Nasi goreng means fried rice in Indonesian. It is a common breakfast usually prepared with leftover or pre-cooked rice with kecap manis which is a sweet soy sauce, shallots, garlic, chilies & shrimp paste. The dark brown color of the rice comes from kecap manis. Nasi goreng is served with many add-ons, fried egg, chicken, shrimp, sambal & veggies such as cucumber & scallions.
Nasi goreng is one of the national dishes of Indonesia & also a popular street food. It is ubiquitous that it is sold by street vendors and is also served in fancy restaurants. This fried rice is equally popular in Malaysia, Singapore & Netherlands. Indonesian food is common in Netherlands has it has many Indonesian descendants from their colonial ties to the country. There are variations to the fried rice from nation to nation and region to region depending on the inhabitants in the region.
I adapted my version of nasi goreng from three sites. The base for the recipe is Rasa Malaya which has the basic nasi goreng from the Indonesian island of Java. She says authentic nasi goreng is plain and simple rice stir fried with flavoring paste. Chicken, shrimp and vegetables are rarely added. This recipe used red chilies & tomatoes. Then I came across this nasi goreng from Indonesian eats which uses green chilies & green tomatoes. Both these recipes were similar while the former used red chilies & kecap manis while the latter used green chilies & no kecap manis. Then I came across Pavani’s version which has vegetables as well. I used carrots & beans though it is not added in authentic nasi goreng. Since I did not have red chilies, I used green chilies instead & substitutes kecap manis with dark soya sauce.
I had some leftover rice & made nasi goreng for lunch. It was enough to serve one person. I reluctantly and hesitantly shared some with Mr.U. He loved it & wanted me to make it again for dinner that night. Oh, I almost forgot terasi or belacan (in Malay) or shrimp paste, a common ingredient in Indonesian cuisine and even this recipe calls for some. Shrimp paste smells terrible but enhances the flavor of the food it is added to. It took me some time to get use to the smell. I am slowly warming up to shrimp paste and would have added some but for my meatless day or meatless Wednesday. Half way into prepping I realized it was Wednesday and had to skip shrimp paste. For those of you who are not used to shrimp paste, use sparingly as it is an acquired taste. Check my note below.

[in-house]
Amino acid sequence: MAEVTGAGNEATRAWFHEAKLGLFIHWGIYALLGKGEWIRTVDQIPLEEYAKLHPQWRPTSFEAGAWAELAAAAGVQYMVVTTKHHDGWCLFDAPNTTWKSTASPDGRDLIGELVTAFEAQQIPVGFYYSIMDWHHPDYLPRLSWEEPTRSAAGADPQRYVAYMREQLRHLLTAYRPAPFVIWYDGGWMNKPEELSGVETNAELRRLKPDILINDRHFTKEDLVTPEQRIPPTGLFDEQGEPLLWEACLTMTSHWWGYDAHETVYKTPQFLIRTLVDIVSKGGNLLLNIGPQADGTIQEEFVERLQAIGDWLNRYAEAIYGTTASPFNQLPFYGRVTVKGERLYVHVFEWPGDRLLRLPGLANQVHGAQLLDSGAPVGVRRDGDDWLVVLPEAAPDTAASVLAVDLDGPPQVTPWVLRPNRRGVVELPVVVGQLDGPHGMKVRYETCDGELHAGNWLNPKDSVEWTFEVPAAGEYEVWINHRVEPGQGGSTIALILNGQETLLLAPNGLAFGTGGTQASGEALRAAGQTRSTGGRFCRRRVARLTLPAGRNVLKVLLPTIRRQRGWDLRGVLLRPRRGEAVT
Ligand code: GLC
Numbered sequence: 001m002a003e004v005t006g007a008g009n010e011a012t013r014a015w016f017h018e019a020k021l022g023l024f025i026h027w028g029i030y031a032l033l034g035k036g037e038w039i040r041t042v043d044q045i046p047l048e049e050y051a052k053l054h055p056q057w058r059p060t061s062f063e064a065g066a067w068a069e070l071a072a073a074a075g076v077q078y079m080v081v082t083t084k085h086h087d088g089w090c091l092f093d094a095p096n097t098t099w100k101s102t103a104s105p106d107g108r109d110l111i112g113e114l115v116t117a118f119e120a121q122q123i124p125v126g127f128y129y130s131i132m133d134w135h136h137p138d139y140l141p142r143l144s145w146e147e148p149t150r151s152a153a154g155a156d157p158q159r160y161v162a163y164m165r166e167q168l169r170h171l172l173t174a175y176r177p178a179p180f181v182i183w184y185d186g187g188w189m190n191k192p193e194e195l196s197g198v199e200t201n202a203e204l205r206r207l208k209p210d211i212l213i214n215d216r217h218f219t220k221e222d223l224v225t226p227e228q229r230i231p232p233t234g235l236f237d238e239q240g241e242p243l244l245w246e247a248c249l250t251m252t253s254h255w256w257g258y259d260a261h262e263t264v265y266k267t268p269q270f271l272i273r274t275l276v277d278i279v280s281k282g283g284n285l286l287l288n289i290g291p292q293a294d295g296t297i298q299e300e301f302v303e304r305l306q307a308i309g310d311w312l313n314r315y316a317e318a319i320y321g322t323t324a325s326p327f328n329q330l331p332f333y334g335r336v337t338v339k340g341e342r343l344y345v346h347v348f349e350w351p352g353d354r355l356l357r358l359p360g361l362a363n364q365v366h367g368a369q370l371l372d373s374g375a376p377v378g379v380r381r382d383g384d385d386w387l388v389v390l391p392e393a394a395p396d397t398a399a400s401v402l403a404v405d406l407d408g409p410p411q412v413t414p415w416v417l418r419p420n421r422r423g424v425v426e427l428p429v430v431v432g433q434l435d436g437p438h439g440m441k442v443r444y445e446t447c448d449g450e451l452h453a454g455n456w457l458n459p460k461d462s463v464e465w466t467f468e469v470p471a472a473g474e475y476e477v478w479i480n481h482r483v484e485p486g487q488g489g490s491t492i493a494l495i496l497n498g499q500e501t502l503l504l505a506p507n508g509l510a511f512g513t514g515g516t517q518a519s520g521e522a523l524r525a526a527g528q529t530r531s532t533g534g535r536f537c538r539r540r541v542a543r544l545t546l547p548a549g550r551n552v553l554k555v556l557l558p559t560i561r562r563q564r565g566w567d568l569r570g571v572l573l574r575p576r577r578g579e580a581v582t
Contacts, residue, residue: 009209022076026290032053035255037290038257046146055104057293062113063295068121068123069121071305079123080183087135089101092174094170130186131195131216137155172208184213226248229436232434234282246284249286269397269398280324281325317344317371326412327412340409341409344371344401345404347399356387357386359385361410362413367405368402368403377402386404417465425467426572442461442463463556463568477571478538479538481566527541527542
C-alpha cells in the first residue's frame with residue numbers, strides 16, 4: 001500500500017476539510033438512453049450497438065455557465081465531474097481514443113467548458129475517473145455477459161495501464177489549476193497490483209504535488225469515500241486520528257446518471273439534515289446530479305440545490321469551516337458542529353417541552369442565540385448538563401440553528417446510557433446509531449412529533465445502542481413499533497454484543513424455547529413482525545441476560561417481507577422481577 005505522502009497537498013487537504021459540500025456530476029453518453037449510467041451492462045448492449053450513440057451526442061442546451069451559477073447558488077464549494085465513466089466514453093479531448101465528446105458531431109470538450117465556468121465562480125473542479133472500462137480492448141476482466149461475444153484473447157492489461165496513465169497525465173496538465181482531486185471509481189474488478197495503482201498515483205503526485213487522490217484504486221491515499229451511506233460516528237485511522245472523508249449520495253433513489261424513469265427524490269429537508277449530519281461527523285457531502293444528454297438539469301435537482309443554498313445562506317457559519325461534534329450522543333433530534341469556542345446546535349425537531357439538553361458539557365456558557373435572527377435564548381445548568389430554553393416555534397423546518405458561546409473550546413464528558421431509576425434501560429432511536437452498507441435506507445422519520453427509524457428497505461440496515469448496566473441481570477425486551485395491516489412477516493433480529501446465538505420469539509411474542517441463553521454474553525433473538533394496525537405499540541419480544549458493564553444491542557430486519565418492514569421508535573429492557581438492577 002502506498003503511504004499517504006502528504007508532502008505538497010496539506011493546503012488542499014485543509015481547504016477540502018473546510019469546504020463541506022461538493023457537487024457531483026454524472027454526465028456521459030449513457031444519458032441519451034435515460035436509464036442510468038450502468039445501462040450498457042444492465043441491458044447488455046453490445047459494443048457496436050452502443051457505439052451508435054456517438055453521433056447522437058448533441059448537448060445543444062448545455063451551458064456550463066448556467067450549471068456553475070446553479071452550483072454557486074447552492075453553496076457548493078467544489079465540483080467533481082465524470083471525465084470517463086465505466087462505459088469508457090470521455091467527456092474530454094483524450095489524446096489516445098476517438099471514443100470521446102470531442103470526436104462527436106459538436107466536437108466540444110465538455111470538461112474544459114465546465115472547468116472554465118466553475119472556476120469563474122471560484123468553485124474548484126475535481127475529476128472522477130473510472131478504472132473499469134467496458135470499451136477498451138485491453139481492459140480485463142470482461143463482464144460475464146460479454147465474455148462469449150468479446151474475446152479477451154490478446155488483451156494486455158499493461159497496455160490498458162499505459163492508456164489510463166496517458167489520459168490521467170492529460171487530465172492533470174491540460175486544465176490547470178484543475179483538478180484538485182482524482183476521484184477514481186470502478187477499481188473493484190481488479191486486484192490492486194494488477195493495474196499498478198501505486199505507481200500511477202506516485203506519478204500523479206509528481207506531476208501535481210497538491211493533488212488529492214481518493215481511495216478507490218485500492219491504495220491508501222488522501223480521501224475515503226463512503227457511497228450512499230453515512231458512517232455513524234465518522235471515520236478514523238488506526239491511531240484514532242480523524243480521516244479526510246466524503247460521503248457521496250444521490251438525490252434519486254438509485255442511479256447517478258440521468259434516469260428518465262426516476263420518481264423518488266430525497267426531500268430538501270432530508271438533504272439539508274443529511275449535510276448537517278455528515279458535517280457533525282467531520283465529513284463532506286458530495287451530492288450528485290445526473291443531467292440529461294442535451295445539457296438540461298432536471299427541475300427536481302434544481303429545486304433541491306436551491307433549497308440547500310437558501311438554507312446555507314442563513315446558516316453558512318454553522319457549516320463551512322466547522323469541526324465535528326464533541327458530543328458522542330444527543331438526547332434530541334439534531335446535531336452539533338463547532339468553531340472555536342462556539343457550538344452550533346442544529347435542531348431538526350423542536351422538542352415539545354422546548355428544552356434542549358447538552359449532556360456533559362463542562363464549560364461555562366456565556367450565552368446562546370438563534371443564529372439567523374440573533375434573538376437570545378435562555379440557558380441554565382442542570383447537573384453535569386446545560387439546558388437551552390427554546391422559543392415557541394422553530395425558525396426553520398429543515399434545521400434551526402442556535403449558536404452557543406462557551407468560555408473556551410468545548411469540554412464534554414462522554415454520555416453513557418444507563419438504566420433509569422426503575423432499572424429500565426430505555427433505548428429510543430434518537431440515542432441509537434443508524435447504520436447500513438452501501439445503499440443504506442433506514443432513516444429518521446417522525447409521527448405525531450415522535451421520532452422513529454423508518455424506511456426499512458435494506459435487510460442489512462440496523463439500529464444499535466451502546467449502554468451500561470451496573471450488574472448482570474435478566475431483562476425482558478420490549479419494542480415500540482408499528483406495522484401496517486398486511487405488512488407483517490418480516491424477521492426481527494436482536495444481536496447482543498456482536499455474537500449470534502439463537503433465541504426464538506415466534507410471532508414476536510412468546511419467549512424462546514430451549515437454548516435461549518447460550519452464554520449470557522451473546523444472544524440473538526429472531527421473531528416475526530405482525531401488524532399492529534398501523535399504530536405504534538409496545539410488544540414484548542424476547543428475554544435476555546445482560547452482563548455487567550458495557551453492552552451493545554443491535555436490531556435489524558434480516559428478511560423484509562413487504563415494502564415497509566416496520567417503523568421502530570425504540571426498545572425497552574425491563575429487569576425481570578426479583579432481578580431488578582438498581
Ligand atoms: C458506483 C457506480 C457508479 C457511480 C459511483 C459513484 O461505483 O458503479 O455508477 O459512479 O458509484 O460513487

- 1 cup dry Rice, cooked or 3 cups cooked rice (check note below)
- 2 tbsp. Oil
- 1 Shallot, chopped or ¼ cup chopped Shallot
- 10 Green Beans, chopped or ⅓ cup chopped Green Beans
- ½ Carrot, chopped or ⅓ cup chopped Carrot
- 2 tbsp. Kecap Manis or 2 Dark Soy Sauce + 2 tsp palm sugar or jaggery (I used only dark soy sauce)
- 1 Shallot or ¼ cup chopped Shallot
- 4 – 6 small Green Chilies (I used 6 chilies from the Indian store and adjust the chilies to heat tolerance level)
- 1 small Tomato or ½ cup chopped Tomato
- 4 – 6 medium sized Garlic Cloves
- ¾ – 1 tsp. Salt (adjust to taste)
- ¼ – ½ tsp. Shrimp Paste ~ Belacan ~ Terasi (I did not use. Check note below)
- 1 Cucumber sliced
- 1 Fried Egg
- 1 Green Onion chopped
- Soy Sauce + 1 Chili
- Leftover rice is preferable for this fried rice. If cooking rice fresh, cook it at least 2 hours before preparation and let the rice cool completely.
- Chop the vegetables and keep aside.
- Prepare the paste and keep aside.
- Heat oil in a pan and saute onions until translucent.
- Add paste and cook until the paste becomes dry and oil begins to separate. Raw smell should be almost gone. This will take about 3 – 4 minutes.
- Add chopped vegetables and continue frying until vegetables and soft, about 2 – 3 minutes. I like my vegetables crunchy in fried rice. If you prefer softer veggies, cook a little longer.
- Add rice, soy sauce and give it good stir. Fry until flavors blend into the rice, about 2 – 3minutes.
- Make a fried egg.
- I served nasi goreng with fried egg, cucumbers, scallions and some chilies soy dipping sauce. It can also be served with some sambal.
- I used 1 cup dry rice and the measuring cup used is the cup that comes with the rice cooker. For measuring the cooked rice and other ingredients, I used the standard US measuring cup.
- I did not use shrimp paste but if using, I would have used teeny bit, ⅛ tsp perhaps. Shrimp has a strong smell and if one is not used to it,I would suggest using very little. Though it smells awful, once cooked it lends a nice flavor to food. Again, this is an acquired taste. I am just beginning to acquire the taste. I still can’t stand too much of shrimp paste.